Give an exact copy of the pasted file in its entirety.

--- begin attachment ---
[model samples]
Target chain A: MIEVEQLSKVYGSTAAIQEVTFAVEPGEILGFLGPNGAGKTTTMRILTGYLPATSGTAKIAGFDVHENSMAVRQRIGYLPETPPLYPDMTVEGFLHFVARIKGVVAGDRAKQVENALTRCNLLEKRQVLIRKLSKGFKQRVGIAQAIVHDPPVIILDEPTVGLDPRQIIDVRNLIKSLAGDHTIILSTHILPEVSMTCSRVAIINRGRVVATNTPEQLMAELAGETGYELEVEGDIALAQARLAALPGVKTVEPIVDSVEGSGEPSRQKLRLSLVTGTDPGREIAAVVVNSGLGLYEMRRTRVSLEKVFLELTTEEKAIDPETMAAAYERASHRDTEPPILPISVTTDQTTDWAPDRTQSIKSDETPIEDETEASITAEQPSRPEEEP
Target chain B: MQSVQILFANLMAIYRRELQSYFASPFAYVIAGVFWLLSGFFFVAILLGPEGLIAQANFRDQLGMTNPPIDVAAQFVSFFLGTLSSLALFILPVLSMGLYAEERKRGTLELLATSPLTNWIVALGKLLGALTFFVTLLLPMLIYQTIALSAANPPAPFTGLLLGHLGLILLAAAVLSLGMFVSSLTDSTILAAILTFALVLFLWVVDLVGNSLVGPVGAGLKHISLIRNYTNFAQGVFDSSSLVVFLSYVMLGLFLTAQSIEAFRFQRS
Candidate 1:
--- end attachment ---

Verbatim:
[model samples]
Target chain A: MIEVEQLSKVYGSTAAIQEVTFAVEPGEILGFLGPNGAGKTTTMRILTGYLPATSGTAKIAGFDVHENSMAVRQRIGYLPETPPLYPDMTVEGFLHFVARIKGVVAGDRAKQVENALTRCNLLEKRQVLIRKLSKGFKQRVGIAQAIVHDPPVIILDEPTVGLDPRQIIDVRNLIKSLAGDHTIILSTHILPEVSMTCSRVAIINRGRVVATNTPEQLMAELAGETGYELEVEGDIALAQARLAALPGVKTVEPIVDSVEGSGEPSRQKLRLSLVTGTDPGREIAAVVVNSGLGLYEMRRTRVSLEKVFLELTTEEKAIDPETMAAAYERASHRDTEPPILPISVTTDQTTDWAPDRTQSIKSDETPIEDETEASITAEQPSRPEEEP
Target chain B: MQSVQILFANLMAIYRRELQSYFASPFAYVIAGVFWLLSGFFFVAILLGPEGLIAQANFRDQLGMTNPPIDVAAQFVSFFLGTLSSLALFILPVLSMGLYAEERKRGTLELLATSPLTNWIVALGKLLGALTFFVTLLLPMLIYQTIALSAANPPAPFTGLLLGHLGLILLAAAVLSLGMFVSSLTDSTILAAILTFALVLFLWVVDLVGNSLVGPVGAGLKHISLIRNYTNFAQGVFDSSSLVVFLSYVMLGLFLTAQSIEAFRFQRS
Candidate 1: